The Great Plague (Black Death Documentary) | Timeline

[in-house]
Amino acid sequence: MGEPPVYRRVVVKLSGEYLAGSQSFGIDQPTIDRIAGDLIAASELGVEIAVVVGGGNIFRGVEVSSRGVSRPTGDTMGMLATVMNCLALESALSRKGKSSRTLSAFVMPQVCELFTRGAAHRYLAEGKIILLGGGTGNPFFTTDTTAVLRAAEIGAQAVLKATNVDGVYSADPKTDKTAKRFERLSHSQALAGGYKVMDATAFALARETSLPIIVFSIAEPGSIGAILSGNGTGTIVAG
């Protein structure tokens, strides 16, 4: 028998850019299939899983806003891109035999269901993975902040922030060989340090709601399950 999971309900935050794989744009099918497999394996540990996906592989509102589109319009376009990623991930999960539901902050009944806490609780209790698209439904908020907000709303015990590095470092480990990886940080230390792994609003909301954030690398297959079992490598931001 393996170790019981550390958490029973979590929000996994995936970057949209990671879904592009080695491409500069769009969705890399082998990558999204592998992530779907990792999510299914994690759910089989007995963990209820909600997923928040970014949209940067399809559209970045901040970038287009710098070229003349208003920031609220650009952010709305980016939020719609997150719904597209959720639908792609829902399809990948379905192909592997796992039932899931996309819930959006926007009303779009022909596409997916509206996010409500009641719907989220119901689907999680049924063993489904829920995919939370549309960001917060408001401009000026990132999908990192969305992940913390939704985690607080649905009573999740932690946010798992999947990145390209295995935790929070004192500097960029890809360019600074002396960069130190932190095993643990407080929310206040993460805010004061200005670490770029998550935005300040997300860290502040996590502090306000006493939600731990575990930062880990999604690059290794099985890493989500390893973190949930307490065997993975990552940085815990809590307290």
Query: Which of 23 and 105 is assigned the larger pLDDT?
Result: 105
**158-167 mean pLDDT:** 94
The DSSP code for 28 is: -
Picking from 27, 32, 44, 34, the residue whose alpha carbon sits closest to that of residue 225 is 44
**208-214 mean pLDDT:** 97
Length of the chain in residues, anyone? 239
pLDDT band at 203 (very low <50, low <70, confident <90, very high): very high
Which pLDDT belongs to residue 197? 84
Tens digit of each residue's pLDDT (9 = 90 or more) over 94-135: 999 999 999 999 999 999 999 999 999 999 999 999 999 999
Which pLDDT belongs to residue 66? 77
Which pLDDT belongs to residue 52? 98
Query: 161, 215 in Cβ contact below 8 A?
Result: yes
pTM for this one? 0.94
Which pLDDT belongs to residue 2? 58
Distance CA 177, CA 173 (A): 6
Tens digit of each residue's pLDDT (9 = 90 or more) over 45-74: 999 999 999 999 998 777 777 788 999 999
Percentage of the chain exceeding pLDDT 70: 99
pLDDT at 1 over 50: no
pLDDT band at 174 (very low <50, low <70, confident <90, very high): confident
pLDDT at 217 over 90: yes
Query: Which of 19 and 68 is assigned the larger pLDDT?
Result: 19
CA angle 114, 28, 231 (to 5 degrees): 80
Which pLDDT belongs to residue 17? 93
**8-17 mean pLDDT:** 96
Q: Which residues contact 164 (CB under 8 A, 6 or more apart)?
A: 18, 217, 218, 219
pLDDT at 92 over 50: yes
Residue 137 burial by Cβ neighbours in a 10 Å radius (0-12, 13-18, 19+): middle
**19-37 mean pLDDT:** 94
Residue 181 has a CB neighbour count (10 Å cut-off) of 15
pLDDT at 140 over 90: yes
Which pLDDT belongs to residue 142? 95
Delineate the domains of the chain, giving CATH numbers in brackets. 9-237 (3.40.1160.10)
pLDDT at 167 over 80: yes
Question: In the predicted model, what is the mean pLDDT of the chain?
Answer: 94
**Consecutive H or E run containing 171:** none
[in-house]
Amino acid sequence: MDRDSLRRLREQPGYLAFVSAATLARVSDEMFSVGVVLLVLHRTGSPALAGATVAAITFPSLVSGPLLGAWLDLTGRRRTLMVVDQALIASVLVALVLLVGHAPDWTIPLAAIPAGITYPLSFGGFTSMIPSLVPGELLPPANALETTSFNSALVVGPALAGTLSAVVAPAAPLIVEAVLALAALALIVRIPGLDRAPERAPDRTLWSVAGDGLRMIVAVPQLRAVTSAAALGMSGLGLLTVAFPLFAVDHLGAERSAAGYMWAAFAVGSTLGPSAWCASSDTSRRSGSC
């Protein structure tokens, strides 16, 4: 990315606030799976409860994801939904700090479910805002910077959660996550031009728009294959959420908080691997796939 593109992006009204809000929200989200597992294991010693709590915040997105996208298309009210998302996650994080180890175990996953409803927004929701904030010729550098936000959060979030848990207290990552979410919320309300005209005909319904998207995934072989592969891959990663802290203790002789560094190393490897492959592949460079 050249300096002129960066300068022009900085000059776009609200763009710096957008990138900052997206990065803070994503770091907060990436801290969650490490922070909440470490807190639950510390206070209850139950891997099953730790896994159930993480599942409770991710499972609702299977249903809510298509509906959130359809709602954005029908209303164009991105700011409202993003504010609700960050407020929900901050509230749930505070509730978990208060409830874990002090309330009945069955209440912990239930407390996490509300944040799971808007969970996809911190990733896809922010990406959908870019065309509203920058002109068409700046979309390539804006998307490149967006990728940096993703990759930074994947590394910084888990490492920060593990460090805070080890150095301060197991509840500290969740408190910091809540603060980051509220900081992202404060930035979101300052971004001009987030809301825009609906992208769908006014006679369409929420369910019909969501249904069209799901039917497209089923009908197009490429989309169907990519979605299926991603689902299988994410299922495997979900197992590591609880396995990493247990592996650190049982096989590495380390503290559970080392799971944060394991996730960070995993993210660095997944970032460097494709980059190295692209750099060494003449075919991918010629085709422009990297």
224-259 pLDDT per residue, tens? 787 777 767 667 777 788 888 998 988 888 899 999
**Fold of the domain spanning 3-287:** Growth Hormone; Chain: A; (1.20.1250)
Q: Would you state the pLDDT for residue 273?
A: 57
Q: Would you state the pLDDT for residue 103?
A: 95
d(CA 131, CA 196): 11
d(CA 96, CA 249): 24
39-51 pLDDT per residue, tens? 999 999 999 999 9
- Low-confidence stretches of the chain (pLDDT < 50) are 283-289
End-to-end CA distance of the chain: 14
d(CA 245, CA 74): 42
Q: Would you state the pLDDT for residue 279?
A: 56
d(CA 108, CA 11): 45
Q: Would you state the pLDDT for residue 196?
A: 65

the Black Death is scary The bodies piled up faster than they could be buried. One of the consequences of the fact that London is so cramped is that Churchyards can’t get any bigger and loads of burials are happening in a very small space. And here in the Churchyard of St. Olafs, we can see how high the burial ground has risen above the level of the Church. So that when I’m standing in the Church porch way here the burial ground is about up to here. The epidemic was about the worse that anyone could remember. At this rate the whole of London would be dead by Christmas. Then in September, a cause for hope. A possible preventative emerged. Fumigation. James Entier, who is a celebrated authority on fumigation. He persuades the Privy Council to let him. have an experiment in high Holburn where he burns qualities of saltpetre brimstone, and amber. And I think the stench must have been so astonishing that only a rat with a vestige of sense mechanism in its body would have fled, and I think that kind of treatment may well have worked. Hearing positive reports of the methods, the King ordered fumigation to be tried, on a vast scale. Every six houses on each side of the way are to join together to provide one great fire before the door of the middlemost inhabitant. It was a monumental undertaking involving the whole city. Hundreds of cauldrons of coal were bought at great expense. All over London, plague was to be smoked out once and for all. Great fires, burning aromatic incense blazed across the city There was at last a reason to believe that the disease could be defeated. But cruelly, the weather changed. After the fires had burned for three days the rain came. The fires were extinguished. The next night, more than 4000 died. So many were dying, that it was now impossible to keep track. Jospeh Penny’s father, William died without any burial record. A man who had spent his life giving others a decent burial was carried away on a cart to be disposed of in a common pit. They take these dead carts through often very narrow streets, and they have either slings or boards that they go into the house and bring people out. It’s probably one of the most vastly thoughts in the world of these, of people going down crying out “Bring out your dead”. So you really never know where your dear, dear departed relative, friend, lover where they were going to end up, and you were not allowed out of that house. so off they went on a dead cart to who knows where. Before the plague, the Parish of St. Dunstan had a population of about 3000. In the six weeks at the height of the plague Joseph Penny buried 500 of his fellow parishoners. In seven pits. “Sixteenth of August – Four pits” “First of September – Two pits” Fourth of September, Joseph Penny paid for planks to cover the pits that the visited poor were buried in. There are no markings today to show where London’s plague pits were. The mass graves were dug and filled so fast there was no time to place memorials. Rector John Gheer ordered a plague pit dug in Covent Garden for four pounds and nine shillings. It took sixty man days to dig The Rector looked into it, and prayer it would be the last. It was the first of five. The plague was killing faster than the corpses could be buried. London suffered, the noysome stench arising from the great number of the dead. The broad gate development which is on the northern fringe of the City of London is on a site which was called “The New Churchyard” in the early modern period. It was founded in 1569 to take plague burials, it was used in every successive plague and indeed in all the intervening years and certainly a lot of people were being buried there. Every time theres been excavation on that site both when they put through Broadstreet, the overground railway line, when they did the underground and when they demolished the station in order to build Broadgate itself, they found large numbers of bodies. In October, Joseph Penny died The shovels and basket, that were the tools of the grave makers trade were returned to his mother. The plague faded as fast as it had begun. Winter was approaching, the cold was killing the plague bacillus. With the first frosts, the worst seemed to be over. Many of those who had left now returned to the city. John and Elizabeth Davis now came back to the alley where they helped nurse the sick. Paid John Davis for keeping of Elizabeth Phelps who died of the visitation. But some of the refugees returned too quickly Those who had survived the worst of the epidemic seemed to have acquired some immunity to the disease. Those who returned had none, and presented the plague with a new opportunity. The number of deaths rose again in December. The city feared the disease would never relinquish its grip. But it proved to be a false alarm. There were fewer and fewer cases as winter set in. It was soon safe enough for Parliament to return. The Lord Mayor gave up his elaborate glass case. By February, when the King returned people knew the epidemic was over. White crosses were painted over red to show that a house had been free of infection for forty days. People emerged into the streets again. All had suffered, but the poor most of all. The editor of the only London newspaper of the time reported: “I do not find this visitation to have taken away in or about the city any person of prime authority and command” For the people of Cock and Key alley 1665 was a year from which they would never recover. Twelve of the twenty houses were afflicted with plague. Eleven of the twelve were shut up. Over half the people living there died. The street’s final death toll was 36 men, women and children. “In many houses, half the family is swept away. And in some the whole, from the eldest to the youngest.” “Few escape with the death of but one or two, never did so many husbands and wives die together.” “Never did so many parents carry their children with them to the grave.” At the end of 1665, the only member of the Penny family still alive was Elizabeth. She’d lost her three sons, and her husband. She could not carry on the family trade of grave digging, the parish did what they could for her. Henry Dorset, the Church warden, bought back the tools of the grave makers trade. “Three shovels and a basket, four shillings”